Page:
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Get yourself some snap caps, pull the trigger, and LISTEN to the sound produced. Then take out the snap caps and repeat the process. Once you do that you'll know the correct answer. That is the sound of the hammer smacking into the frame without any cushioning can't be good for the hammer or possibly the frame. I'll also point out that the pin that retains the firing pin is in a blind hole, so if it were to shatter it could be very difficult to get it out.

As for what the manual states, I suspect that they don't include dry firing a gun 1000 to 2000 times per day, what they are referring to is dry firing to check for function and nothing else.
 

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Get yourself some snap caps, pull the trigger, and LISTEN to the sound produced. Then take out the snap caps and repeat the process. Once you do that you'll know the correct answer. That is the sound of the hammer smacking into the frame without any cushioning can't be good for the hammer or possibly the frame. I'll also point out that the pin that retains the firing pin is in a blind hole, so if it were to shatter it could be very difficult to get it out.

As for what the manual states, I suspect that they don't include dry firing a gun 1000 to 2000 times per day, what they are referring to is dry firing to check for function and nothing else.

this is in no way near normal wear and tear 1000-2000 per day ......I think you need to get a life
 

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jazzplayer9- I prefer snap-caps. Others will say they are not needed. It is your weapon and your choice. I think the money was well spent, just my humble opinion.
 

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I've owned Smith revolvers my entire adult life, and have dry-fired the hell out of each and every one of them.
I have never, ever seen frame or hammer damage on any of them...Period.
 

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I've owned Smith revolvers my entire adult life, and have dry-fired the hell out of each and every one of them.
I have never, ever seen frame or hammer damage on any of them...Period.

Likewise for me.

On a personal level. I just don't like to put anything in the cylinder that isn't a live round. Regardless of whatever crazy, bright, non-brass color it is. I'm concerned it will make me do something stupid one day. And if anyone can do something stupid...it's me.
 

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40-45 I didn't say that I actually dry fire 1000-2000 times a day, in my case it's probably only about 50 times a day on average. However I recently saw a post by someone who claimed he snapped the trigger on his revolver 5000 times a day. I also expect that Jerry Miculek didn't gain the ability to shoot at 8 rounds per second without wearing out a few guns by just dry firing them. Of course he's also likely run more than a million rounds downrange because you just can't learn recoil management by dry firing.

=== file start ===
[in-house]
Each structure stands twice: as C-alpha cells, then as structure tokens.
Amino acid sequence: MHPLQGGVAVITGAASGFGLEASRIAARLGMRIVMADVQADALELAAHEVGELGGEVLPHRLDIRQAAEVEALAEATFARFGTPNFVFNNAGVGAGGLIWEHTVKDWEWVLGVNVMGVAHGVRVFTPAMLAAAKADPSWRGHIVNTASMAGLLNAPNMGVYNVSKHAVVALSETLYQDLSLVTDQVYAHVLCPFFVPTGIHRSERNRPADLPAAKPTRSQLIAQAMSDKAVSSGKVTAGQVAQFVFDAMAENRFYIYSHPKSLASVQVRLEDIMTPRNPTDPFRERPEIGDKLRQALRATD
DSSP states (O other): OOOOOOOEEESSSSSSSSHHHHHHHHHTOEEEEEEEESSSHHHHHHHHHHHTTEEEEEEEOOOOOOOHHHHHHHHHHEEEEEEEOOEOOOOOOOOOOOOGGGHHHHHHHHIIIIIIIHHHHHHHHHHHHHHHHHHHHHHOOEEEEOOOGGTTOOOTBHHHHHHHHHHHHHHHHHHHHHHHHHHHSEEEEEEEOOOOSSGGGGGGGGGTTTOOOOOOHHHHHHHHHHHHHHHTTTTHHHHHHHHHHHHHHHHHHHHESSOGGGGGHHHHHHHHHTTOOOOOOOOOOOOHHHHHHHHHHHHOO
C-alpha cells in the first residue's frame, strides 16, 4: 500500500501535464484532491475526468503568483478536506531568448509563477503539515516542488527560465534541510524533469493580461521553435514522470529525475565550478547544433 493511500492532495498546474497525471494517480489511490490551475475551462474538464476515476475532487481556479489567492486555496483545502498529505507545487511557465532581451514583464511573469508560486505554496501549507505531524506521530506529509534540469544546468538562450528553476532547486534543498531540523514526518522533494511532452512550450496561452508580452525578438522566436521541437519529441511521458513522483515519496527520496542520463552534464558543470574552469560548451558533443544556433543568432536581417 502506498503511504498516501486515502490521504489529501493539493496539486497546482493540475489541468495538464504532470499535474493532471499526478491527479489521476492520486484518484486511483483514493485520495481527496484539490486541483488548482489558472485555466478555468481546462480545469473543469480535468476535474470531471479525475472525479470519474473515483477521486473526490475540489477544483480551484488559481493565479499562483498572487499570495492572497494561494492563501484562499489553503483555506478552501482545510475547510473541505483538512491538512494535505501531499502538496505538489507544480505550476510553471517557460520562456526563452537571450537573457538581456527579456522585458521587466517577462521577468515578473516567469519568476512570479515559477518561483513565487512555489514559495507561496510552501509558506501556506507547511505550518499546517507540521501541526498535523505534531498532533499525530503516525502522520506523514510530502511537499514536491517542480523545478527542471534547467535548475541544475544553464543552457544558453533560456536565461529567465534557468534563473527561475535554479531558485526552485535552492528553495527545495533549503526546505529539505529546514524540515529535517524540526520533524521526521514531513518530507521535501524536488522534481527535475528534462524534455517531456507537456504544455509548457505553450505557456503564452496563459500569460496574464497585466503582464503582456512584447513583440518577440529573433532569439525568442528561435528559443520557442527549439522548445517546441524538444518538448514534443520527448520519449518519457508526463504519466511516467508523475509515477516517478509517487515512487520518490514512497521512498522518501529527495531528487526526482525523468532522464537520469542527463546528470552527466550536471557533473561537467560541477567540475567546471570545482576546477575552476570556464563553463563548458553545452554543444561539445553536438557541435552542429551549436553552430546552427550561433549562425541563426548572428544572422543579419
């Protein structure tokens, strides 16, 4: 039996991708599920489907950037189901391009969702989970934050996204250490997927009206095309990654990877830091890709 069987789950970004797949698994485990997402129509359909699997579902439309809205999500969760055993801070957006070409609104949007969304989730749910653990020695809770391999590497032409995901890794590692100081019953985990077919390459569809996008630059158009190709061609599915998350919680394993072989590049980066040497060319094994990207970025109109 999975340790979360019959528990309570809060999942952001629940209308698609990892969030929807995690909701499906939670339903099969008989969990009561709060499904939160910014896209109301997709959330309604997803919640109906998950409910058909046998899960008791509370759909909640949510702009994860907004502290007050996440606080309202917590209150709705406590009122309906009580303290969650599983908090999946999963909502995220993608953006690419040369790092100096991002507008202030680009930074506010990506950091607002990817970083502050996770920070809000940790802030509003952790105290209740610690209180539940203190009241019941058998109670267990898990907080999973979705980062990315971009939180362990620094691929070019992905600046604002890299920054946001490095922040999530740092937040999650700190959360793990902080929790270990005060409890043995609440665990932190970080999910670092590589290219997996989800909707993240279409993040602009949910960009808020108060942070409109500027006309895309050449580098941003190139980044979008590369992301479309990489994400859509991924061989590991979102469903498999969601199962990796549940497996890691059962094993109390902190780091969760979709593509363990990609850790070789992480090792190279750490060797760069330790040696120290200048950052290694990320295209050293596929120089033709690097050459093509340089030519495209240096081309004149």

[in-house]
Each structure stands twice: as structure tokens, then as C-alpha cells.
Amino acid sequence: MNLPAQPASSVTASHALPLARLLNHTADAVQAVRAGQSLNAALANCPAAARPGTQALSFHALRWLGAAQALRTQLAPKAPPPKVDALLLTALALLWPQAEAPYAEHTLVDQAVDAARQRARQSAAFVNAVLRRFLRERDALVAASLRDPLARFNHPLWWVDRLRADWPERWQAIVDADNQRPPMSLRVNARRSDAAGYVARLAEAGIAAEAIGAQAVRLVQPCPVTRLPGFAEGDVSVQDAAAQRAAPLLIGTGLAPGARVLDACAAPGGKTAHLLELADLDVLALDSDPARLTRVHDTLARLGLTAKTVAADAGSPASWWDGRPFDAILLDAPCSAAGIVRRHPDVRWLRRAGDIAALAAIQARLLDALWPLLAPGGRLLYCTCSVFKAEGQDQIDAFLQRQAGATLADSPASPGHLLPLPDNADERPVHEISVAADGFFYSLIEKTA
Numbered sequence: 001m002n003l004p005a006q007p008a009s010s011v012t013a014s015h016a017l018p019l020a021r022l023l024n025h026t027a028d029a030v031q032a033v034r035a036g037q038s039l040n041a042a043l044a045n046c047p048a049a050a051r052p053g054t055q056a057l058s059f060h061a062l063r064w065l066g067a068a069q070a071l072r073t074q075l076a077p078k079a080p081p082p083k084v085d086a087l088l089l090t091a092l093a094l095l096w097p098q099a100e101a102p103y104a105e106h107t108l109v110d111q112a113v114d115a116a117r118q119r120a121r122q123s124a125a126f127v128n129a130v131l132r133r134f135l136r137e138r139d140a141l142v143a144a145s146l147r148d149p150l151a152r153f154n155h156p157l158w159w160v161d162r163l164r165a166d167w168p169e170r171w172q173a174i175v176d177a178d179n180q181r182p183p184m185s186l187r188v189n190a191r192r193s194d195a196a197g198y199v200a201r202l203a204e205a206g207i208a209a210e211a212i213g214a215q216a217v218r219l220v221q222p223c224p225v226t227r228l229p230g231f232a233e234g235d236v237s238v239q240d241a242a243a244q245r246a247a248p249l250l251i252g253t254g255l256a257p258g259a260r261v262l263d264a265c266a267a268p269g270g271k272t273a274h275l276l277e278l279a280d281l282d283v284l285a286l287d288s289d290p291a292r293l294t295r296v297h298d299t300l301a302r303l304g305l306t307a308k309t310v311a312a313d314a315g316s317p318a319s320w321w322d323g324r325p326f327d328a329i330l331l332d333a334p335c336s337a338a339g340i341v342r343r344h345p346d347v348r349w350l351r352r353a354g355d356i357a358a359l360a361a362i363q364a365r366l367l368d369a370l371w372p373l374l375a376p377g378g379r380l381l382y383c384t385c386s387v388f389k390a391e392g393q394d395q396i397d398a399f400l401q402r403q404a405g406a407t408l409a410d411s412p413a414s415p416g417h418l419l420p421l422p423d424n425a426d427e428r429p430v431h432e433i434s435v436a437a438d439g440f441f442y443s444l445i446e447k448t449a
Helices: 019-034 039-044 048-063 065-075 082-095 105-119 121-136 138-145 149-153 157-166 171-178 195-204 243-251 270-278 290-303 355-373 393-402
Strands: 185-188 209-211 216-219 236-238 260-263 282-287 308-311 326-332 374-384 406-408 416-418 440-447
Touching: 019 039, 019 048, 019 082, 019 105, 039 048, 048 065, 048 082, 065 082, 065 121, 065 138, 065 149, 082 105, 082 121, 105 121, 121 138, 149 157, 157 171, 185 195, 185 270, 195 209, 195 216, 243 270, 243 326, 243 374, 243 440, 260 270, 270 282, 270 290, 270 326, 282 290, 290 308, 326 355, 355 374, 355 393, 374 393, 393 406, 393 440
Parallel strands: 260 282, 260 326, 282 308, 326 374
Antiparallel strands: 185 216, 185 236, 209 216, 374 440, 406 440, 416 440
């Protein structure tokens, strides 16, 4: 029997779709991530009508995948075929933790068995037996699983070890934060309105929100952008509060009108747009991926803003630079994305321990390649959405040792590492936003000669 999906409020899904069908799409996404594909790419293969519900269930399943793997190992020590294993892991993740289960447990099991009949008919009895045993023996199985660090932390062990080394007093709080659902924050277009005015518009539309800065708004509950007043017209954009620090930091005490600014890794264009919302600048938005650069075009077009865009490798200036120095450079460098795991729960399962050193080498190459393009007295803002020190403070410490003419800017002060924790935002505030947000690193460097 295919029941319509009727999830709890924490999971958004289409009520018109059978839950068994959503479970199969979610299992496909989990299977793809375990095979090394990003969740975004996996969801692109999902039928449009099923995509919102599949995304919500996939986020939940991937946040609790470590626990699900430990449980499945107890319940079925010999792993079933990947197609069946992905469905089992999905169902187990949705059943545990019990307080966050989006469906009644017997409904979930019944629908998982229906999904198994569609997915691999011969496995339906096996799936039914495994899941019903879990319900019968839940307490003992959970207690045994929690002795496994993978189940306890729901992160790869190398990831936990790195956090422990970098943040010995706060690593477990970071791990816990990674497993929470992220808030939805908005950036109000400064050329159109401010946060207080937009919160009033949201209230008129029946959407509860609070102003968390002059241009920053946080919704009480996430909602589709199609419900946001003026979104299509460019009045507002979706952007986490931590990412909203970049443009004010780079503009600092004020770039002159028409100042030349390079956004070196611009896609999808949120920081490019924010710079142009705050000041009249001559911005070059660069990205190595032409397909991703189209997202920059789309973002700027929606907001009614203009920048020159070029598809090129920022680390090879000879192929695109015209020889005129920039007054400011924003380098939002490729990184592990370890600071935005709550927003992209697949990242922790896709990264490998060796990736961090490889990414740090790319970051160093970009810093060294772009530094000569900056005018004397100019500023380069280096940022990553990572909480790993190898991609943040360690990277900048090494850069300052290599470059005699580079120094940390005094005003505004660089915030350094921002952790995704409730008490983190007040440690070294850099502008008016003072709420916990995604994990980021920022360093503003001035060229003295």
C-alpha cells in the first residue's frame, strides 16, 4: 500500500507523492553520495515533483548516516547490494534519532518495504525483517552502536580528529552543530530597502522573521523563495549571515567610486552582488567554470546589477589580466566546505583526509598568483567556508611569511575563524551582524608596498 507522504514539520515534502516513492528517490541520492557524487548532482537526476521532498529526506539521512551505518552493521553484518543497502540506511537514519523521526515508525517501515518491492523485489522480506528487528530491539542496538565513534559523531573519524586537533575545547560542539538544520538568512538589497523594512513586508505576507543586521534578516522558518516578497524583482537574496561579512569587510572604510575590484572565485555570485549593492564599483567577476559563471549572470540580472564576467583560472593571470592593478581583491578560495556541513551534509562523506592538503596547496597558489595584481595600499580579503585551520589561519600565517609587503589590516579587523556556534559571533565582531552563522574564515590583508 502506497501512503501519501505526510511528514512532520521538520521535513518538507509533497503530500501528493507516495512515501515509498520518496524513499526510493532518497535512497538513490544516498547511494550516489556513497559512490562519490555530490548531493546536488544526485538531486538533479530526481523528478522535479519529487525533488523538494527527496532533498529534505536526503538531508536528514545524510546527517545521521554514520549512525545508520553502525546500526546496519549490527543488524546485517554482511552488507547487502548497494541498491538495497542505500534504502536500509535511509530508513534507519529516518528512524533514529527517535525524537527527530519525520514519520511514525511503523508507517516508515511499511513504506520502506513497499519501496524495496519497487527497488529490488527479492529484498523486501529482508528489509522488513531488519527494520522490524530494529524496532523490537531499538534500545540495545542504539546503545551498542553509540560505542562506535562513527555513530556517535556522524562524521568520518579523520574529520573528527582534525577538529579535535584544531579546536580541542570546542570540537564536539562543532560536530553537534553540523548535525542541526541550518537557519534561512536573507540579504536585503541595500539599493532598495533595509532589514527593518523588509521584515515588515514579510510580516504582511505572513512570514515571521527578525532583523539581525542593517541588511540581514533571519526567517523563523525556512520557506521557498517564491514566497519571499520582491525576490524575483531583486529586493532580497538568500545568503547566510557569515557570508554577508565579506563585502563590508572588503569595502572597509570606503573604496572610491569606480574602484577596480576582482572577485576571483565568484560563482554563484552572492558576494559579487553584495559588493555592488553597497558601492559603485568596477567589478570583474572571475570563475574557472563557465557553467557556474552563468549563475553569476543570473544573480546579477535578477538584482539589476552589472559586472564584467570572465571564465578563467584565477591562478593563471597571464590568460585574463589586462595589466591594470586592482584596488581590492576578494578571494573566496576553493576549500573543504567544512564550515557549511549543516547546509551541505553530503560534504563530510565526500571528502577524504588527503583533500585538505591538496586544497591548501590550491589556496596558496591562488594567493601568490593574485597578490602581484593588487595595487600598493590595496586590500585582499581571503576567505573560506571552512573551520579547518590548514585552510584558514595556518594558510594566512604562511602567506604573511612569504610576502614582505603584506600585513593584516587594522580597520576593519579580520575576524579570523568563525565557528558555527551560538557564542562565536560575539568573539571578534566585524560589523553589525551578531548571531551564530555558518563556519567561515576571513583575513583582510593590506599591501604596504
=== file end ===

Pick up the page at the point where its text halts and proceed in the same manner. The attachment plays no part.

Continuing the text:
However, until recently dry firing has NOT been a common practice for the average handgunner. When I first started shooting a revolver dry firing a gun you were thinking about purchasing wasn't just considered rude, if you did that you owned that gun or were told to never go in that shop again. Now, everyone does some dry firing and IMO the manufacturers haven't yet caugh on to how much this is done.

IMO snap caps are cheap insurance and well worth the cost. As for the potential of an AD, I keep only one gun loaded with live ammo and don't do any dry firing with it. The rest are all immediately loaded with snap caps after a range session and I check them visually every single time before doing any dry firing just in case.
 

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Anything can break.

Doesn't mean it will. Doesn't mean it won't.

I've never broken one of my revolvers (S&W, Ruger or Colt) dry firing them and the S&W's and Rugers were dry fired a lot 25 to 30 years ago.

Even a good quality gun can break. I bought a used Browning BDM and broke the firing pin the first day I got while dry firing it. So, no more dry firing for the BDM (without snap caps). I also will not carry the BDM. Its a safe/range gun from now on. Unique kind of pistol, lots of different/cool features on it. Just no longer dependable in my mind.

I will continue to dry fire my 1911s and other semi auto pistols. If one breaks. I'll fix it and either make a range gun out of it or sell it.

Do what makes you feel better. If you feel the need to use snap caps then use them. You should have confidence in your choice of fire arms. Not having confidence is a bad thing. Don't go there.
 
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